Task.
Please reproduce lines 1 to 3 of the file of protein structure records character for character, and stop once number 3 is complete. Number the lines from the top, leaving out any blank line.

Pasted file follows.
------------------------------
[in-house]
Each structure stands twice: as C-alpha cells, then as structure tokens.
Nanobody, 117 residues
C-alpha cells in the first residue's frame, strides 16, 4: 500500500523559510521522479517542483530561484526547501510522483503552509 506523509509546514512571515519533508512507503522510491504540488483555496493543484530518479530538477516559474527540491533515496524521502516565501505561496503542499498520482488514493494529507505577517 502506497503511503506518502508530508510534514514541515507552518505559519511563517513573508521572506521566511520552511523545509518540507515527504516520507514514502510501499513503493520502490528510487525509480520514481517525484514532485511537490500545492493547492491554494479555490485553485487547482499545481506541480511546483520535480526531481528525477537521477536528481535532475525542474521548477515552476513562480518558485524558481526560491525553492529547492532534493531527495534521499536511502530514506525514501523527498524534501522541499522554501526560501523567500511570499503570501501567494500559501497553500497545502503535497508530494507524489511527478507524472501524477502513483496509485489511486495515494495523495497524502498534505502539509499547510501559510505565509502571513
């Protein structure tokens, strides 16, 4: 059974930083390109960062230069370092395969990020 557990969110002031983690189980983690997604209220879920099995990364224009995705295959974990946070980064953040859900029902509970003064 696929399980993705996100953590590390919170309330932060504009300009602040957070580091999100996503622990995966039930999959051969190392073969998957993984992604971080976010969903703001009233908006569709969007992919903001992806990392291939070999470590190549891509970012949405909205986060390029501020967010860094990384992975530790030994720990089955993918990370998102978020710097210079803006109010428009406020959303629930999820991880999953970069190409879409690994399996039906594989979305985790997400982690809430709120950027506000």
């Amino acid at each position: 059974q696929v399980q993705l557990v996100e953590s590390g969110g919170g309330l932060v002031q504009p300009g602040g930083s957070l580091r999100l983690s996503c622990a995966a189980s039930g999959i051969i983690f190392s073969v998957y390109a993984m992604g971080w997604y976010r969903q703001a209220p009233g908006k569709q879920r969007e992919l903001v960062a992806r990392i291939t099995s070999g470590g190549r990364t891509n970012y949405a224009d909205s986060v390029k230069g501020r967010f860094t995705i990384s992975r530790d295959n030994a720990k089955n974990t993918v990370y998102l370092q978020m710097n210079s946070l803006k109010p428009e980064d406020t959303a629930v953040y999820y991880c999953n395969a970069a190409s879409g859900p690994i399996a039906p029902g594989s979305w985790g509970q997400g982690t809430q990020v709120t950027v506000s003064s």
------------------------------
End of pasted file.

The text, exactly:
[in-house]
Each structure stands twice: as C-alpha cells, then as structure tokens.
Nanobody, 117 residues